Dayton Parking Meter Homeless Donation Program Raises Less Than $1,500 In First Year
A city program that transformed parking meters into brightly colored charitable donations sites has announced its collection totals from its first year of operation.Real Change Dayton launched last summer to help people struggling with homelessness and cut down on panhandling.
The program collected$1,454.15 in donations from both the parking meters-turned donation centers and the program's online giving portals, according to numbers provided by Valerie Beerbower with the Downtown Dayton Partnership, which helped create the program.
Organizers originally intended to divide the annual collections among several different community agencies that work to help Dayton’s homeless population.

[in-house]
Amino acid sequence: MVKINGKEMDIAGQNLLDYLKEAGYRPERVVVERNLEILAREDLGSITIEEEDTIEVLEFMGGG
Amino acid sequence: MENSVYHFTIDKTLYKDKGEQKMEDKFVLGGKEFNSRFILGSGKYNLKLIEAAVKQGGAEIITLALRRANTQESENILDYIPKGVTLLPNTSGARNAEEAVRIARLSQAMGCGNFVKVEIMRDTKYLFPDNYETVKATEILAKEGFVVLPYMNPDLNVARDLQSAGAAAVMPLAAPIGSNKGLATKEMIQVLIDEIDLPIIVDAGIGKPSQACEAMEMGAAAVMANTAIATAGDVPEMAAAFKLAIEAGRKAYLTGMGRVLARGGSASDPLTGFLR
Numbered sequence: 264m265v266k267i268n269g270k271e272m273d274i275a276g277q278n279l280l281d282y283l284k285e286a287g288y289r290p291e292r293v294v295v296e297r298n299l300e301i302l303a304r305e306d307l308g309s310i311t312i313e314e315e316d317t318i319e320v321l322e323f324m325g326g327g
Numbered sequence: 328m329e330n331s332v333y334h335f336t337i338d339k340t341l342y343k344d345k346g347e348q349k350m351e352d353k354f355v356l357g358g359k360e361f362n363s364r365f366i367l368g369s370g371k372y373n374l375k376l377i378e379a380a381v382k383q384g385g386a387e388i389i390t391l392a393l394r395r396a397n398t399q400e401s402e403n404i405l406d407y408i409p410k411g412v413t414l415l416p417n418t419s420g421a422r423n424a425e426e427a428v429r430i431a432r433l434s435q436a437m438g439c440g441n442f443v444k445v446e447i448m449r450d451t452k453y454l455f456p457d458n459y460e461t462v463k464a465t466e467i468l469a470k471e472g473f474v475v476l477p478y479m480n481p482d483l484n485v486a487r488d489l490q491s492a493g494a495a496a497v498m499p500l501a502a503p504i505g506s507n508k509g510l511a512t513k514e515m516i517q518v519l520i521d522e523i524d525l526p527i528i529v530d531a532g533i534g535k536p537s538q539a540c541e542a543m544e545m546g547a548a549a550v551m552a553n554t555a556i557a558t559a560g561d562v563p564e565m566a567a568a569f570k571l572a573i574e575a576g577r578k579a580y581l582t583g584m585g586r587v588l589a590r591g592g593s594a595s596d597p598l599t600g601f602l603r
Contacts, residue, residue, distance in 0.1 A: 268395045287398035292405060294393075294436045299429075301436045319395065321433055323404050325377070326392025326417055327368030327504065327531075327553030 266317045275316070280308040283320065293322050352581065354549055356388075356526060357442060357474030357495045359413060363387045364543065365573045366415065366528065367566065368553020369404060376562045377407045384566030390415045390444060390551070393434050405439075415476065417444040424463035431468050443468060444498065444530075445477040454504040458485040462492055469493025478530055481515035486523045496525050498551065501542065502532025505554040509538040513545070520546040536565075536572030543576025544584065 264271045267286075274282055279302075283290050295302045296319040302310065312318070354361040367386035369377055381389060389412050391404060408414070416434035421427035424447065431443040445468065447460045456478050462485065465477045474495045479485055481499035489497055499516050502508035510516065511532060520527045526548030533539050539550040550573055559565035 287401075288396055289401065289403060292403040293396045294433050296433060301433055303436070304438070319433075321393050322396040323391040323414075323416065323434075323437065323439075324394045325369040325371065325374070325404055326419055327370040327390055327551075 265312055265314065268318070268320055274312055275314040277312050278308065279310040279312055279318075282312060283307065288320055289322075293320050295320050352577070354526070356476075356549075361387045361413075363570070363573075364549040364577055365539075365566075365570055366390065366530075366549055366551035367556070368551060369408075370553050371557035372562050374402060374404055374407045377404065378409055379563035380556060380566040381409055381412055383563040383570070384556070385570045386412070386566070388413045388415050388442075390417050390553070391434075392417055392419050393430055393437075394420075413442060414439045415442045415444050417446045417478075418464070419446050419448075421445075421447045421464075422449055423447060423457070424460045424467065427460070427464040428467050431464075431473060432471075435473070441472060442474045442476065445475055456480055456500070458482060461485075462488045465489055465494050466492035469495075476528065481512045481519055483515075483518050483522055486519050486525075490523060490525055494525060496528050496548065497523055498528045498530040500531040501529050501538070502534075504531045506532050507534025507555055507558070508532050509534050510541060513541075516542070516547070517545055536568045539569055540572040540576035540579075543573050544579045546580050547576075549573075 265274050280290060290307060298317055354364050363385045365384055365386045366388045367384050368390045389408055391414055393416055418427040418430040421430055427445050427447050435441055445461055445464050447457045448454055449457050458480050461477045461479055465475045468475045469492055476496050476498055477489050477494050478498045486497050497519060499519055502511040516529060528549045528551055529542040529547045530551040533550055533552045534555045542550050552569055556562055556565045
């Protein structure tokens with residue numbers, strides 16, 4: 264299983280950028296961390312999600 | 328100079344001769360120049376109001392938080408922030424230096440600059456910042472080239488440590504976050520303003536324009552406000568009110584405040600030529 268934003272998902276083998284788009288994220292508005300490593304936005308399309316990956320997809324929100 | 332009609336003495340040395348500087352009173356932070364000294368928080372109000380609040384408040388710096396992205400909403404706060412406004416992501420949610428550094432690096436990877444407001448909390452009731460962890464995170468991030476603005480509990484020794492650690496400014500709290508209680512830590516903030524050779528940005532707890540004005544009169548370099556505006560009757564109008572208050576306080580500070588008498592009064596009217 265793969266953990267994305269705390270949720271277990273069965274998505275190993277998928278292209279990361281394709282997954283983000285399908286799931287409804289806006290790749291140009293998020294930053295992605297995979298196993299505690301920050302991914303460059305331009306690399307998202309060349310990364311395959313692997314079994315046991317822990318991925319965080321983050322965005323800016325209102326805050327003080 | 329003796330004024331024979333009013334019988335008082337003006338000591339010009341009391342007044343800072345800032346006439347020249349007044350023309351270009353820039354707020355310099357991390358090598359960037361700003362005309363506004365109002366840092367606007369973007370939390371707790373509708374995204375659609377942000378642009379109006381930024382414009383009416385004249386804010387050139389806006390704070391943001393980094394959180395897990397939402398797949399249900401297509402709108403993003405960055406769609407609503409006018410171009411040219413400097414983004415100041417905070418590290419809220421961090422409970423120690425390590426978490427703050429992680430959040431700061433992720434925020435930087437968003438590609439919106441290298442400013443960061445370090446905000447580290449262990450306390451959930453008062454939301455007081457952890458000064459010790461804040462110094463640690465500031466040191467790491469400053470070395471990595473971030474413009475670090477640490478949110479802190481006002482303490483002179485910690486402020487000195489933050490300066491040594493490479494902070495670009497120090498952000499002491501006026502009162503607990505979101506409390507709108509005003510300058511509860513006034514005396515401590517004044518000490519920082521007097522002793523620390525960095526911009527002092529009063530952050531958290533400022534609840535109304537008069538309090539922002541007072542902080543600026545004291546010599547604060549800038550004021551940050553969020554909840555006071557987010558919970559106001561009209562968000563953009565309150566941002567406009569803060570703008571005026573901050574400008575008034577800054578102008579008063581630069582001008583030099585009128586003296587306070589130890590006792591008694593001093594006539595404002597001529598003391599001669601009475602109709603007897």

But, Beerbower says members of the partner organizations decided this year’s donation total was too low to divvy up, and opted instead to award the full amount to just one of the participating agencies, St. Vincent De Paul. The group provides emergency shelter for up to 400 people each day.
Beerbower acknowledges public awareness of the parking meter program has been slow to build, but she said she’s still happy with the results so far.“We don’t want to curb people’s generosity,” says Beerbower. “This is just us trying to channel that generosity into a more positive or productive outlet.”
Similar parking meter projects have launched in other cities nationwide, including Cincinnati. Cincinnati's program has raised about $575 in its first year of operation, officials say.
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